This tutorial shows how to run simple radiocarbon models in SoilR. First, we show how to use radiocarbon data to inform a simple one-pool model under the assumption of steady-state. We try to highlight the limitations of this model and its inherent assumptions. In the second part, we show how to run a model not in steady-state by driving the model with time dependent inputs and time varying cycling rates.

Details about the implementation of radiocarbon dynamics in SoilR can be found in Sierra et al. (2014).

A steady-state model

First, we run a model under the steady-state assumption and using radiocarbon data to inform the model. Let's assume we have an archived soil sample collected in 1950. The horizon this sample was collected from has a C inventory of 200 gC m-2. The radiocarbon value measured for the bulk sample had a Fraction Modern of 0.749. By a density separation procedure on the sample, and subsequent radiocarbon measurements on the two isolated fractions, we determined that 60% of the carbon has a fraction Modern of 0.9976, and 40% has fraction Modern of 0.3762. We will also use the convention T= bulk sample, A = active pool, P = passive pool.

For implementing this model in SoilR, we open an R session and load the SoilR package:


We now create a few objects in R with the information we have (text after the # symbol are comments in the code).

#Data bulk sample

#Data for fractions

Under the steady-state assumption we can assume that the decomposition rate is a function of the fraction modern value \(Fm\) and the radiocarbon decay constant \(\lambda\). That is \[ \label{kss} k =\frac{Fm \cdot \lambda}{1 - Fm}. \] This formula allows us to easily estimate the decomposition rate of carbon based only on a radiocarbon value. However, to use this formula one must assume a system in steady-state, with constant inputs and decomposition rates, and with a constant value of atmospheric radiocarbon of Fm = 1. For details about the derivation of this formula see Trumbore et al. (2016).

We can implement this simple function in R to calculate \(k\) values for the different fraction modern values we have.




Notice that we already calculated the value of the decomposition rate for samples T, A, and B. Under steady-state we also assume that the inputs of carbon to the soil can be calculated as \(I = k \cdot C\), which for the sample T can be calculated as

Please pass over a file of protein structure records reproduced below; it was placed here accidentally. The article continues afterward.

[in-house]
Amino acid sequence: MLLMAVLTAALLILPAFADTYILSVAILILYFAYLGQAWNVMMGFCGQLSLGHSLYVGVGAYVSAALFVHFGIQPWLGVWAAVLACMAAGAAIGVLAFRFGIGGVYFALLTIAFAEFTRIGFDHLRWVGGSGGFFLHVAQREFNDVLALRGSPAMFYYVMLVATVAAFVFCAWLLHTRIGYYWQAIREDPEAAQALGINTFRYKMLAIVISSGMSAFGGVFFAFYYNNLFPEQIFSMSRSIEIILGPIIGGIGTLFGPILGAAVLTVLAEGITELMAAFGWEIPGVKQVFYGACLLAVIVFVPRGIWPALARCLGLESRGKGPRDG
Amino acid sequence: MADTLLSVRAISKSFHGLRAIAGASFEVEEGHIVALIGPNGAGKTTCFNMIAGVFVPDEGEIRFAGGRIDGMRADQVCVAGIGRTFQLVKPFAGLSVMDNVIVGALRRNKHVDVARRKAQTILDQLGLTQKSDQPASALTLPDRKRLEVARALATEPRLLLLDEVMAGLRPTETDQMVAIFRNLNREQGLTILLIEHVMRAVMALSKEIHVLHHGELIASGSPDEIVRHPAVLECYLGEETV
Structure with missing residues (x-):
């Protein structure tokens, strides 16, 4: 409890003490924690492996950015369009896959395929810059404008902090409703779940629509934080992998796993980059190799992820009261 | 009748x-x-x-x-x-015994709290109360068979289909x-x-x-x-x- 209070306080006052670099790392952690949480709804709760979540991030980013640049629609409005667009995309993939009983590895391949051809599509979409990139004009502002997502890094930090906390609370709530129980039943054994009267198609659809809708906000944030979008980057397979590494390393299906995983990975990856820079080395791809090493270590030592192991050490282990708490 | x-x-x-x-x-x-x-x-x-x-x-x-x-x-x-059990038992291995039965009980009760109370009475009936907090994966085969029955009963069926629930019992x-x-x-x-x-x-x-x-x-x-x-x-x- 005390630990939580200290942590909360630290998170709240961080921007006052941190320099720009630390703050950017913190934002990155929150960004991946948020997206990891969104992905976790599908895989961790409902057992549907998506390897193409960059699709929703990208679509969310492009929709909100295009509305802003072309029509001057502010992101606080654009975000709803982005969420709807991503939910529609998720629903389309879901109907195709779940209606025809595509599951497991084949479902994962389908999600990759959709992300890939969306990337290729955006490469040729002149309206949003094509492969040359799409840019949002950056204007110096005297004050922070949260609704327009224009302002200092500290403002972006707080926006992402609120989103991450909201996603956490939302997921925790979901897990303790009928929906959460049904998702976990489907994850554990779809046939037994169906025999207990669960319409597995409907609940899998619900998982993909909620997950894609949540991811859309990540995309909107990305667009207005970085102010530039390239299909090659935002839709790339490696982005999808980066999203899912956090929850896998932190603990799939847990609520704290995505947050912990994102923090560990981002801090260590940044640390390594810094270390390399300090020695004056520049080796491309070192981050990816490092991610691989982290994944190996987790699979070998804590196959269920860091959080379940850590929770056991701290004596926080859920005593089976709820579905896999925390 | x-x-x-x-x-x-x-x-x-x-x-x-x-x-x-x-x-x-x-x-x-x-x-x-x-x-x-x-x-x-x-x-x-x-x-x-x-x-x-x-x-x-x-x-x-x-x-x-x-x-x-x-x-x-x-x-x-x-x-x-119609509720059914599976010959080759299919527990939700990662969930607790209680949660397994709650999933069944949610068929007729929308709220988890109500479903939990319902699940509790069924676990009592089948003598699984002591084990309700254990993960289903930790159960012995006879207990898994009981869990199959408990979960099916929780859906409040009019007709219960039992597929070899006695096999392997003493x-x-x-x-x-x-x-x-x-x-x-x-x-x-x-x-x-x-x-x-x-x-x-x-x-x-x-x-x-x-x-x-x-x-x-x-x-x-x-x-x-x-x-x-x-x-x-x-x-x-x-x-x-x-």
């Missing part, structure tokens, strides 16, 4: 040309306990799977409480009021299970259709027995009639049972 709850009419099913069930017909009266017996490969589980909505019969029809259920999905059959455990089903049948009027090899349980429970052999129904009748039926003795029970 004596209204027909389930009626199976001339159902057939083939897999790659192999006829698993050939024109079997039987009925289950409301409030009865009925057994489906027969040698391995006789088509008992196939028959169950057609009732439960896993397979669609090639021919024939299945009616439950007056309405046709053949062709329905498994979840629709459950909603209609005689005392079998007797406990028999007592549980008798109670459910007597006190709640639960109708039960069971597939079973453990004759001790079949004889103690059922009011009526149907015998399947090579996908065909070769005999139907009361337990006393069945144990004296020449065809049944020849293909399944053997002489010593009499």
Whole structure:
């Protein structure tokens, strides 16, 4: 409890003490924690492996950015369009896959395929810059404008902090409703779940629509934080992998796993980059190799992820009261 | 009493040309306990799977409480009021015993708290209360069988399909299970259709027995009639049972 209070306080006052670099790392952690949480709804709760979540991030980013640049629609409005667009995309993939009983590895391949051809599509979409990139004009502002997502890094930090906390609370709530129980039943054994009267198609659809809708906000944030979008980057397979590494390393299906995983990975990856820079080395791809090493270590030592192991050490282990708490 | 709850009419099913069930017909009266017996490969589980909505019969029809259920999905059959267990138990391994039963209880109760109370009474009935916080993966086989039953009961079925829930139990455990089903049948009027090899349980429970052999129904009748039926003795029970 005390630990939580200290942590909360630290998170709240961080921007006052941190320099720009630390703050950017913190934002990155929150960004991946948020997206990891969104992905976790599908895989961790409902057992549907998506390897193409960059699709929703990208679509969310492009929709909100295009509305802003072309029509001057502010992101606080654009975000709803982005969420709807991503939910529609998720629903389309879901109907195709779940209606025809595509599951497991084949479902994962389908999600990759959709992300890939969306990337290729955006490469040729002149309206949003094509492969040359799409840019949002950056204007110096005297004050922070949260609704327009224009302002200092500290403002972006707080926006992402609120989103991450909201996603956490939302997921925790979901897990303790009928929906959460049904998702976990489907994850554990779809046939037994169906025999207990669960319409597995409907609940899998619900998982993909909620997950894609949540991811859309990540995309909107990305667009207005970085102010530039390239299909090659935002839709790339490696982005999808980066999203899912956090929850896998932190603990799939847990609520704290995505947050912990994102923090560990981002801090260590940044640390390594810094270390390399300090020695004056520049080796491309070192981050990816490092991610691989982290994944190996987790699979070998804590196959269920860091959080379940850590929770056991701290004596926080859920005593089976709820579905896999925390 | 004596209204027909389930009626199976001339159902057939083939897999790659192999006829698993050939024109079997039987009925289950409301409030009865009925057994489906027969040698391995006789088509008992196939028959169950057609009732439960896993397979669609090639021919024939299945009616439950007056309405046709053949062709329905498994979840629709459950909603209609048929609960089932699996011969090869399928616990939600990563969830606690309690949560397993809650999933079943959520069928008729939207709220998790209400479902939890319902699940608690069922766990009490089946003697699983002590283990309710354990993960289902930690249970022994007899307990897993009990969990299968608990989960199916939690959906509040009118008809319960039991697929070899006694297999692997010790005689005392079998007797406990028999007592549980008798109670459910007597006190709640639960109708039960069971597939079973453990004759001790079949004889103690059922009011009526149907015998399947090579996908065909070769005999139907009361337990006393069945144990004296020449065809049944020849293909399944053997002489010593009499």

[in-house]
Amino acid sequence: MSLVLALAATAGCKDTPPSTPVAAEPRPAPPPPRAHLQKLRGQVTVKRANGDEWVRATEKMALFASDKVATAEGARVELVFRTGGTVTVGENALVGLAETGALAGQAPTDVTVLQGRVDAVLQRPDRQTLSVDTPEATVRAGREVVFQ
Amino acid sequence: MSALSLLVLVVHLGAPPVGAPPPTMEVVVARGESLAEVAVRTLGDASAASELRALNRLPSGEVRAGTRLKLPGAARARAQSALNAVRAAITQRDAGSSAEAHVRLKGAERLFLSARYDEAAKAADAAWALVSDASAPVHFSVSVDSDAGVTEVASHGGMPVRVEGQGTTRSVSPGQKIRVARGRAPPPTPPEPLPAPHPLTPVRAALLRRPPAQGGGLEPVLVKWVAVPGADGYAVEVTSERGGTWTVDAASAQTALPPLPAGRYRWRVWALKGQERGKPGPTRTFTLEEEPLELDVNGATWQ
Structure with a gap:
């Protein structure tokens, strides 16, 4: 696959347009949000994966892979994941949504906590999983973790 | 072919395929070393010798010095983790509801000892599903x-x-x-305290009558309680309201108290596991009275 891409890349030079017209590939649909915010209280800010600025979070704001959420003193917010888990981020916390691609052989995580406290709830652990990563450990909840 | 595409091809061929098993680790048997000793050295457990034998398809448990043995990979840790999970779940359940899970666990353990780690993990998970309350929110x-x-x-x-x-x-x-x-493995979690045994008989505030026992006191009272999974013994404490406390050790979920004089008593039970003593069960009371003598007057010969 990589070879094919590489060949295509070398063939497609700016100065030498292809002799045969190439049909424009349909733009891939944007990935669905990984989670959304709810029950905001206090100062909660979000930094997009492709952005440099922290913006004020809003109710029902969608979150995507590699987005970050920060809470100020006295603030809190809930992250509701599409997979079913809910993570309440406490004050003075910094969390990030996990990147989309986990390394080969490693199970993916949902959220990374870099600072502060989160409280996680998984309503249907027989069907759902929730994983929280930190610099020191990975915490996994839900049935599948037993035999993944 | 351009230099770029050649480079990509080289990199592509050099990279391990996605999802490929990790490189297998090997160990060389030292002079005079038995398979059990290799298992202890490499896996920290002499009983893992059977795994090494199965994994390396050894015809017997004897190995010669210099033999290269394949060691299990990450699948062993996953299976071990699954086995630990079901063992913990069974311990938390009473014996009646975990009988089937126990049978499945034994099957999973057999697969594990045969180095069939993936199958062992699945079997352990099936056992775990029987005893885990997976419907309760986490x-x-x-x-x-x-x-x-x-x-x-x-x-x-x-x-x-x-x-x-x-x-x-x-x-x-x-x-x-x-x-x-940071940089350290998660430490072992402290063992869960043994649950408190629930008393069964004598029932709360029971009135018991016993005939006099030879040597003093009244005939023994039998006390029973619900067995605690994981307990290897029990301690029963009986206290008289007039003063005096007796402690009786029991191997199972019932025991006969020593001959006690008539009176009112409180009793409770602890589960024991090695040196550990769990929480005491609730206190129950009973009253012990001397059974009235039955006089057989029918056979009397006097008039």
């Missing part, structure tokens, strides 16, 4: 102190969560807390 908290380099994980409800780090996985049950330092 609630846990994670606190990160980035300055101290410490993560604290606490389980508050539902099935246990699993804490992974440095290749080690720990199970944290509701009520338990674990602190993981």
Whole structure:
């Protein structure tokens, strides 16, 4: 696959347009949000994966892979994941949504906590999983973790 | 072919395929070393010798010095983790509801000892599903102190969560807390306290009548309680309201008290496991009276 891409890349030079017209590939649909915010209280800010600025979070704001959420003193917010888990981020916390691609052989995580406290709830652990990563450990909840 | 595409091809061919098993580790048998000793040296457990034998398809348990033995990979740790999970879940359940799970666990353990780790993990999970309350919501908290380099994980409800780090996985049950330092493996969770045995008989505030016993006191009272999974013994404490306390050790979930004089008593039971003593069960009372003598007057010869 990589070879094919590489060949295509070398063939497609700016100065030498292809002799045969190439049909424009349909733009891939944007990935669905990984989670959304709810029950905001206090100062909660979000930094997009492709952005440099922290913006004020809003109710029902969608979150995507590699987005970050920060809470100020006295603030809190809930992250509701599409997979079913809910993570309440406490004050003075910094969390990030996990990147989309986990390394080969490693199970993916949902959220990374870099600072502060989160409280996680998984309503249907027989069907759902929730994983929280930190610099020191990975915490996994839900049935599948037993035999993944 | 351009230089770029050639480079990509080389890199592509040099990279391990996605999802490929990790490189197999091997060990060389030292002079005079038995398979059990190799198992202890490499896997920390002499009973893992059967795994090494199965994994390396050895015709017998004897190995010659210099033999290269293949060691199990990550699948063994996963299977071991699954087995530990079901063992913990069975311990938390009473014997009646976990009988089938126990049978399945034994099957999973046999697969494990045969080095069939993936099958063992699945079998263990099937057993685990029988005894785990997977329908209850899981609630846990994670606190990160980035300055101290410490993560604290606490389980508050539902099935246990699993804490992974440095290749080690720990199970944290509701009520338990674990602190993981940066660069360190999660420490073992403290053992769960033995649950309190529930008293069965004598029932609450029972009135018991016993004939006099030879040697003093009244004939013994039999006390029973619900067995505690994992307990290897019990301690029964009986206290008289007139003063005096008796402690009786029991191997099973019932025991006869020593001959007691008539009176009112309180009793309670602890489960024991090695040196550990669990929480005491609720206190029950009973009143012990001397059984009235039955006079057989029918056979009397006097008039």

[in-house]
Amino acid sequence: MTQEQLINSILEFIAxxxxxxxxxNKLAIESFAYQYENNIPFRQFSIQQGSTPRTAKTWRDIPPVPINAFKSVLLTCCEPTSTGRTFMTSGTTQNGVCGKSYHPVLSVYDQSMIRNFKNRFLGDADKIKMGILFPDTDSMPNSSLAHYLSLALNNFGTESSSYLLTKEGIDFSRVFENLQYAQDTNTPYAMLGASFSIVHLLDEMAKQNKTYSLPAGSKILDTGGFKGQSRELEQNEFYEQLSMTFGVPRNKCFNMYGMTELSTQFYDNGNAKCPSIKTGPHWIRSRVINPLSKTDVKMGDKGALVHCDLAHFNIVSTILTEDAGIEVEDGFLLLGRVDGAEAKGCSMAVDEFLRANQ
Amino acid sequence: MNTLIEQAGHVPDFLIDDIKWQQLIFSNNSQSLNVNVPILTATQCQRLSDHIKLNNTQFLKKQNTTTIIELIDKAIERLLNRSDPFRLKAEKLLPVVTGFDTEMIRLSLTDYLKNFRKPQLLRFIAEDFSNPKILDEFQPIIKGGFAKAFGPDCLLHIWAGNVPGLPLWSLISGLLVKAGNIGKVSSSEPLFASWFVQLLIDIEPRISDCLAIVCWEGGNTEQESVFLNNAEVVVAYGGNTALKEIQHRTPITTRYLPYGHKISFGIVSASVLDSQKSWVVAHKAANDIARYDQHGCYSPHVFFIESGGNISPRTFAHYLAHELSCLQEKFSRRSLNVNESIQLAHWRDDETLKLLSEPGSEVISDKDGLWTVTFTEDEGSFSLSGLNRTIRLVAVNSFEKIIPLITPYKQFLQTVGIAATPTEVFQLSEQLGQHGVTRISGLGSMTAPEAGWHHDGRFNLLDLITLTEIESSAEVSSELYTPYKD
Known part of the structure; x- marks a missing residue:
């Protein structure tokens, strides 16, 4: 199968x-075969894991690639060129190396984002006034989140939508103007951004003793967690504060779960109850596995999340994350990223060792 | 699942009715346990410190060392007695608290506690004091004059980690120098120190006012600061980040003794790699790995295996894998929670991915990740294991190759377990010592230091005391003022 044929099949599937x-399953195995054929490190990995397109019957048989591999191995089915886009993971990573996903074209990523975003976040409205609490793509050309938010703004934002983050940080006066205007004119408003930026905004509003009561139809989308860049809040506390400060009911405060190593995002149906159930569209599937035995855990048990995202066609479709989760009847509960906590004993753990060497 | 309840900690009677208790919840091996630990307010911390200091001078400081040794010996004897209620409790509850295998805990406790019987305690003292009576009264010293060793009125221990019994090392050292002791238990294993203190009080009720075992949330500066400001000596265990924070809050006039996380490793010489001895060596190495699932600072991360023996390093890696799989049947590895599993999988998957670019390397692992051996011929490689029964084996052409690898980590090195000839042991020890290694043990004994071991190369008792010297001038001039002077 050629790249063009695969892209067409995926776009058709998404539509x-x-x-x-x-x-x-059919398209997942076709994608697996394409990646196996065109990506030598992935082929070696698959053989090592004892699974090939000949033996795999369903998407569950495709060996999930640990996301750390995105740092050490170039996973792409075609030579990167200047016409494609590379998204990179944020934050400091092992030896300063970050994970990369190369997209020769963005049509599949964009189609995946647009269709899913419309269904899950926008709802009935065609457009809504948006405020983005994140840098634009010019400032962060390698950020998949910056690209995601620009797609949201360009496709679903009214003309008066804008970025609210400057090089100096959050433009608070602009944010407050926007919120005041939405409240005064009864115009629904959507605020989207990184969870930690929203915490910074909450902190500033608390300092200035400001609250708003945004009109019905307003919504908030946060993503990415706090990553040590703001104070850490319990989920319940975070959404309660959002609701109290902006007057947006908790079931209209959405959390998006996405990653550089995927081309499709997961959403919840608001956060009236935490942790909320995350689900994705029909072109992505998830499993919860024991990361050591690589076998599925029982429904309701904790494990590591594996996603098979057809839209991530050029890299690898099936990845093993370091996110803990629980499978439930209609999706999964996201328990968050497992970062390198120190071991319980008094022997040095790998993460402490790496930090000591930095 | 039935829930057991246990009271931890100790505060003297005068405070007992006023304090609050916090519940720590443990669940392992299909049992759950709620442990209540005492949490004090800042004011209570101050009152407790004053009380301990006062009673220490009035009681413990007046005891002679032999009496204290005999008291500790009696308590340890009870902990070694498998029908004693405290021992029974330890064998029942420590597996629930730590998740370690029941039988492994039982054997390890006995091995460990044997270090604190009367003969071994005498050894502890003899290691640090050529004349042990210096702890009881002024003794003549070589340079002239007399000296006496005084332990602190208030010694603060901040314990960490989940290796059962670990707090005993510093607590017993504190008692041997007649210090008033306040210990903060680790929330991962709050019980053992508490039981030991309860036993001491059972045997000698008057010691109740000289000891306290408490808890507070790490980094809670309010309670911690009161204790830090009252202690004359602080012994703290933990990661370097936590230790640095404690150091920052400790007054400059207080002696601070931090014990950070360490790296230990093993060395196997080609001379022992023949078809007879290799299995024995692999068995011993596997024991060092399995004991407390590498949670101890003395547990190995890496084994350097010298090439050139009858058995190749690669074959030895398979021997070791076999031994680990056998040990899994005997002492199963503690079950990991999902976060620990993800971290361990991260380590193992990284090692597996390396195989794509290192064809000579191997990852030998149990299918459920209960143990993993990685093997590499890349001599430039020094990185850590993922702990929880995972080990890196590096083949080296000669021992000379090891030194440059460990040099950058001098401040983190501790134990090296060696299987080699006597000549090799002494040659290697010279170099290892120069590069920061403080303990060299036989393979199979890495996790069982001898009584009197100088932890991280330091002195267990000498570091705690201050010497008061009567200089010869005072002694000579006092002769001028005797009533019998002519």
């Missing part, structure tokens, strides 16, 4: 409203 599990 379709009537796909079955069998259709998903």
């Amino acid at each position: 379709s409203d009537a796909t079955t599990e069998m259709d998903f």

We have now all elements to run a simple one-pool model with SoilR. For this, we use the function OnepModel14, which requires as arguments: a vector of time steps to calculate the numerical solution, the value of \(k\), the initial amount of C in the simulation with its \(\Delta\)14C value, the amounts of inputs, and an atmospheric radiocarbon curve. The vector of years and the \(\Delta\)14C value, calculated from \(Fm\) are created as


There are different radiocarbon curves in SoilR. For this example we will use the bomb radiocarbon curves of Hua et al. 2013, which contains data for the temperate zone of the norther hemisphere (Zone 2). Now we can create a model object as

singlepool=OnepModel14(t=years,k=kT, C0=Cinv,
                       In=InT, inputFc=Datm)

Up to this point we have not run the model yet. We only created a model object that checks all the numbers you provided are consistent. Now, if we want to run the model and calculate the amount of carbon or radiocarbon over time we use specific functions for this purpose. Functions getC and getF14 calculate these two variables from the model object as


The results of the simulation are now stored in the objects Ct and C14t. We can plot the behavior of the radiocarbon values over time with the following code.

plot(Datm,type="l",xlab="Year",ylab="Delta 14C (per mil)",
lines(years, C14t, col=4)
  c("Delta 14C Atmosphere", "Delta 14C in SOM"),
  lty=1,col=c(1,4), lwd=1, bty="n"

plot of chunk unnamed-chunk-8

The radioactive decay of the sample is imperceptible for this sample given the slow rate \(k\) calculated from the \(Fm\) value of the bulk sample

## [1] 0.0003609609